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How to Handle Client Reconnects

Cubeia Firebase comes with a very good High Availability support right out from the box: a Firebase cluster aren’t supposed to drop any events at all within reasonable, pragmatic, boundaries. For reference, our release testing is loading a cluster with 1000 events per second when testing fail-over. This corresponds to at least 20 000 poker players (depending on player speed), so it should be pretty safe even for you.

The Problem
Internally Firebase replicates events and state to minimize the risk of data loss, however, there is one instance where this is particular hard, and that is between the clients and the server. And here’s why:

Because Firebase is not one-to-one when mapping incoming events to players, but rather one-to-many we have chosen to not extend the transaction boundaries to the clients themselves as this would be extremely costly.

This means that if a client looses its TCP connection unexpectedly, there may be messages lost. This might come about from several scenarios, for example:

  • A client role node in the Firebase cluster crashes. This will normally disconnect all players from the node, and upon reconnection they will be load balanced to another server.
  • The client application crashes. When opened again, the client will reconnect to the Firebase cluster.
  • A glitch in the routing between the client and the server disconnects the client.

In any of the cases we’ll look at today, the client will be able to realize it has lost the connection and reconnect.

Preconditions
The only thing that is really necessary to start handling reconnects gracefully is for the client to recognise it is reconnecting. If it is handled in-process this should be trivial, and when a client starts it may look to a cookie or a saved state to see if it was closed correctly, ie. a “dirty state” flag.

Also, you need to mark crucial events with ID:s and optionally a flag which can tell you if an event is “resent” (more on this below), and also make sure such events have corresponding answers from the server. Remember that Firebase is an asynchronous system, so you’ll send a critical event, then some time later, you will get an answer, hence the importance of an event ID.

And what events are “critical”? It’s up to you really, but probably those that can significantly alter the outcome of the game. The events that you really don’t want to get lost. But the key word is “significantly”, you probably don’t want to enforce a call/response-pattern on all events in all games. In gambling most events such as bet, call, fold etc are significant, whereas in a social shooter perhaps very few are.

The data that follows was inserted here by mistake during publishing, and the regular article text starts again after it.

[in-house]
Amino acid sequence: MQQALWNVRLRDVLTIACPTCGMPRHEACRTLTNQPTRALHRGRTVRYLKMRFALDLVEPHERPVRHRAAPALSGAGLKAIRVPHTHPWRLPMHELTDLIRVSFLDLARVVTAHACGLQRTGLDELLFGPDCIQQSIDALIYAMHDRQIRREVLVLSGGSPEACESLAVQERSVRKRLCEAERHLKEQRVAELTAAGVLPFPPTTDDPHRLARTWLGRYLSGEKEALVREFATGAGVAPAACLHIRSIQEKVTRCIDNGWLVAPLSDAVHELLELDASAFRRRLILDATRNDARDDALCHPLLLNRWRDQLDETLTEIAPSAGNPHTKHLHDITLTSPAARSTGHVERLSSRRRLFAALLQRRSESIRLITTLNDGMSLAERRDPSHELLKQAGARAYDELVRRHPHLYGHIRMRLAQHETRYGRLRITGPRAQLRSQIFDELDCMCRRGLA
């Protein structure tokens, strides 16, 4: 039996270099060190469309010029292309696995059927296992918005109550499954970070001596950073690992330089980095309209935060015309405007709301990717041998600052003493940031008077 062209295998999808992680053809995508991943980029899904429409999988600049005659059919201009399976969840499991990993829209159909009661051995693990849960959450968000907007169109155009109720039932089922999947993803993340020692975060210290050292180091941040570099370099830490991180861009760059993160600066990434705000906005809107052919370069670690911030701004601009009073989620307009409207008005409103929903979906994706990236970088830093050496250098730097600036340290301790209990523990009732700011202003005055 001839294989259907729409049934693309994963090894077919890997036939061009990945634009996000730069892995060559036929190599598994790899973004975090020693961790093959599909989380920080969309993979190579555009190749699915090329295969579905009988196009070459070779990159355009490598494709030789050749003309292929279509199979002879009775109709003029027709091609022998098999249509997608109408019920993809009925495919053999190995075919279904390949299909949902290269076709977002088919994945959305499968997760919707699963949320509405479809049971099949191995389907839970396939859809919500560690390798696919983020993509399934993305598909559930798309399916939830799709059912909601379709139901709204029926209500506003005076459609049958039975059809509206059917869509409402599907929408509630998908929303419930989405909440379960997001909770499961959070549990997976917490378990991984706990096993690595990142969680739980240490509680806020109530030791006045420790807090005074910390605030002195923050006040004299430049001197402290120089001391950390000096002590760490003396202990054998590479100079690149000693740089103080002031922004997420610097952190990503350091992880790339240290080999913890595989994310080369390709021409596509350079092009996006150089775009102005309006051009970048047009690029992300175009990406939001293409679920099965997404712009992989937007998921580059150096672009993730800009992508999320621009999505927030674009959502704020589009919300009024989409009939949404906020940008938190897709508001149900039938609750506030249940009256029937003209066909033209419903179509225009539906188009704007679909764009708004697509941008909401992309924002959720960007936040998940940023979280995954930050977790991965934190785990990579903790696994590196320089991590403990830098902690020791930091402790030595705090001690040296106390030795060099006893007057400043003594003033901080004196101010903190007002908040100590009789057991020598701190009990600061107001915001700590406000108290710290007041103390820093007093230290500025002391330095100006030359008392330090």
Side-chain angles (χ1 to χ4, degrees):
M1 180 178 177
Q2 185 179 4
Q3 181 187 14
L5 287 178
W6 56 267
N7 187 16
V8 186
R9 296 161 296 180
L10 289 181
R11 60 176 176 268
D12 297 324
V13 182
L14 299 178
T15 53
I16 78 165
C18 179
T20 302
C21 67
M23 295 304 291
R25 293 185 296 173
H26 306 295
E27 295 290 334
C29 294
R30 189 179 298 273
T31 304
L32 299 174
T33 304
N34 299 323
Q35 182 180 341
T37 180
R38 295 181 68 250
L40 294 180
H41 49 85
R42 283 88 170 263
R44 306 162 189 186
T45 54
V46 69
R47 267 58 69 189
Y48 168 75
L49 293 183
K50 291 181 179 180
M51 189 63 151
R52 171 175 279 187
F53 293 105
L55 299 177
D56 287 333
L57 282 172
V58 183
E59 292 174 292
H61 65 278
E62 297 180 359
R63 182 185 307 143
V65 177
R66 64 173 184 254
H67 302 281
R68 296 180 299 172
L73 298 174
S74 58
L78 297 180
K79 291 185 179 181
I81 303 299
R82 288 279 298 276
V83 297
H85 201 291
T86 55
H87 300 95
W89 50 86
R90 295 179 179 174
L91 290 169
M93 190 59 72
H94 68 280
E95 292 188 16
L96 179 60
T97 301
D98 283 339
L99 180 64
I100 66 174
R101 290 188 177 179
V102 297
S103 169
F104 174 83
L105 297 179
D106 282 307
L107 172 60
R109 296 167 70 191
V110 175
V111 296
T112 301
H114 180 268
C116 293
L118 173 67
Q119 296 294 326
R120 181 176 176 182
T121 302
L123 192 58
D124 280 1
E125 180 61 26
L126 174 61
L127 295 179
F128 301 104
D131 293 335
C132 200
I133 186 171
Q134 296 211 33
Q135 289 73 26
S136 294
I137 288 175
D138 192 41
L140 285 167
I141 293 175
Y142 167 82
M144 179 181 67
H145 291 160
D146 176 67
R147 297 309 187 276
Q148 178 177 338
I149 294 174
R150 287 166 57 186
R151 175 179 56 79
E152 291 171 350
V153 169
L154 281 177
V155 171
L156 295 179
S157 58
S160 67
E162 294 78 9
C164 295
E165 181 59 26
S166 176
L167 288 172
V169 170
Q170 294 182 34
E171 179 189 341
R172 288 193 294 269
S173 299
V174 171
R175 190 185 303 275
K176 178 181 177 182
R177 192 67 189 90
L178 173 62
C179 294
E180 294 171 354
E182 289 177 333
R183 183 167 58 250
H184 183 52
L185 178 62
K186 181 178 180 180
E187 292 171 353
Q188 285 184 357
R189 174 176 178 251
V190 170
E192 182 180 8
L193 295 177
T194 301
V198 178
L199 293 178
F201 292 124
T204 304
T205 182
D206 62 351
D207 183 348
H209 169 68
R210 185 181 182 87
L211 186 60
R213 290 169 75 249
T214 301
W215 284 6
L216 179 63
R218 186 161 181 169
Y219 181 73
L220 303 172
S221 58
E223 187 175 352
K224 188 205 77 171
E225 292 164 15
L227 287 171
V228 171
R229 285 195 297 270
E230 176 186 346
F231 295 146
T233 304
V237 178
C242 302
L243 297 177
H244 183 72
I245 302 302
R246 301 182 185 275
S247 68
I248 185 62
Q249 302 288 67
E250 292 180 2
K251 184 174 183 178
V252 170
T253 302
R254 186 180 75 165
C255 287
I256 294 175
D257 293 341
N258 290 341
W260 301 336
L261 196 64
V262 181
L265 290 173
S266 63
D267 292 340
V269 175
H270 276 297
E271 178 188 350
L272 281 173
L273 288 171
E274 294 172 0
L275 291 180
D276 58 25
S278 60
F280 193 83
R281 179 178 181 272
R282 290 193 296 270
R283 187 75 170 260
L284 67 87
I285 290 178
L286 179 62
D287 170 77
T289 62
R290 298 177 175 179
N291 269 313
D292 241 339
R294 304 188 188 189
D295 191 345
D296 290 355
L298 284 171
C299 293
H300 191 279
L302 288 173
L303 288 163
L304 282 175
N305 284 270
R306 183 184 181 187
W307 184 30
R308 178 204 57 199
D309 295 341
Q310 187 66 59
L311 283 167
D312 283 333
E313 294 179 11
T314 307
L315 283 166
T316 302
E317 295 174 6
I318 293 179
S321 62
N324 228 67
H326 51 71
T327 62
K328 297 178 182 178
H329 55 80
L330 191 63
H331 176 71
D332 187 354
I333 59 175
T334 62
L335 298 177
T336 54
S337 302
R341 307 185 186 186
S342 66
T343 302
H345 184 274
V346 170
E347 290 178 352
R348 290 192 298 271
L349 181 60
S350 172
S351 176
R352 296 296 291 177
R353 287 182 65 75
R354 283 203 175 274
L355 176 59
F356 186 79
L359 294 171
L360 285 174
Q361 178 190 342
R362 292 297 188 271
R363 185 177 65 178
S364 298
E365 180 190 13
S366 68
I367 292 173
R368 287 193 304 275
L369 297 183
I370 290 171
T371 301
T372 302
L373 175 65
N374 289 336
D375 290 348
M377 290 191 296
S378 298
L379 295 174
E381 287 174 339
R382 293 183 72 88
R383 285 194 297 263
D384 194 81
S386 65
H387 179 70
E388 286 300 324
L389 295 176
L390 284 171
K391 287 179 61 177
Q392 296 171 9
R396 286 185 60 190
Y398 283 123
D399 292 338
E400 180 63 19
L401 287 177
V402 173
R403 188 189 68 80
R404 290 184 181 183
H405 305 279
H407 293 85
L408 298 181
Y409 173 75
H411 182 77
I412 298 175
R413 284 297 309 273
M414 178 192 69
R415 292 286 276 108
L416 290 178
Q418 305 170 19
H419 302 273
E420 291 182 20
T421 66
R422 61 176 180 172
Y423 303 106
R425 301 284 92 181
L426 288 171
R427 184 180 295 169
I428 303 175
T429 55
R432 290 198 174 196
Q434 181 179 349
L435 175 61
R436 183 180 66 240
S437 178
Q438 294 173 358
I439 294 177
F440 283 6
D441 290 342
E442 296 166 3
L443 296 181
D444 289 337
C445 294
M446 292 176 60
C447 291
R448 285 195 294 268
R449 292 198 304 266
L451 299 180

Idempotency to the Rescue
In event processing idempotency is usually meant as the ability to resend events without changing the initial outcome more than once. In an idempotent system, if event X is sent ten times, only the first received will be executed upon, the rest will be ignored. For Firebase this means that the client should be able to send a critical event several times and the server will simply respond as if the event is executed if it is already acted upon.

Let’s break it down:

  • The client must keep a back log of sent “critical” events which it has yet to receive answers to. So for each critical event it will save an ID in a map together with the entire event, and for each response to a critical event the ID will be removed from the map. If the client is not awaiting any response the map will be empty.
  • When a reconnection occur, the client should check if the above map is empty, if not any event therein may theoretically have been dropped. Each event in the map should be resent, optionally with a flag detailing that this is indeed a resent event.
  • The server should keep a map of ID to response objects for a reasonable amount of time, or be able to calculate a response without changing the internal state. So if it receives an event which it has already executed upon, it should recalculate the response, or fetch the response from a map.

Example: Load Test
The load test we’re using internally is very simple: Each client sends a sequence of integers and the server simply echoes the integers right back. So the client may send “5” and will wait for the server to send “5” back. It then waits for X milliseconds before increasing the sequence to “6” and repeat. This simple game allows us not only to determine the exact load at any given time (ie. events per second) but also verify that Firebase honours its FIFO behaviour.

So the client will keep a queue of integers it expects the server to respond to, and it also has an integer sequence to create new events from. The queue of integers acts as the client side map: if it is empty there’s no response outstanding. On reconnect the client checks the queue and resends any integers found in it. The server simply echoes the integers back to the client, but also checks that the sequence is intact (again checking FIFO ordering) except for the case of reconnects when the sequence is allowed to jump back a few steps.

Finally
Hopefully this should have straightened out a few questions. Keeping strict idempotency in any system is tricky, but it will give you a very robust platform, and paired off with Firebase will be damn near bullet-proof!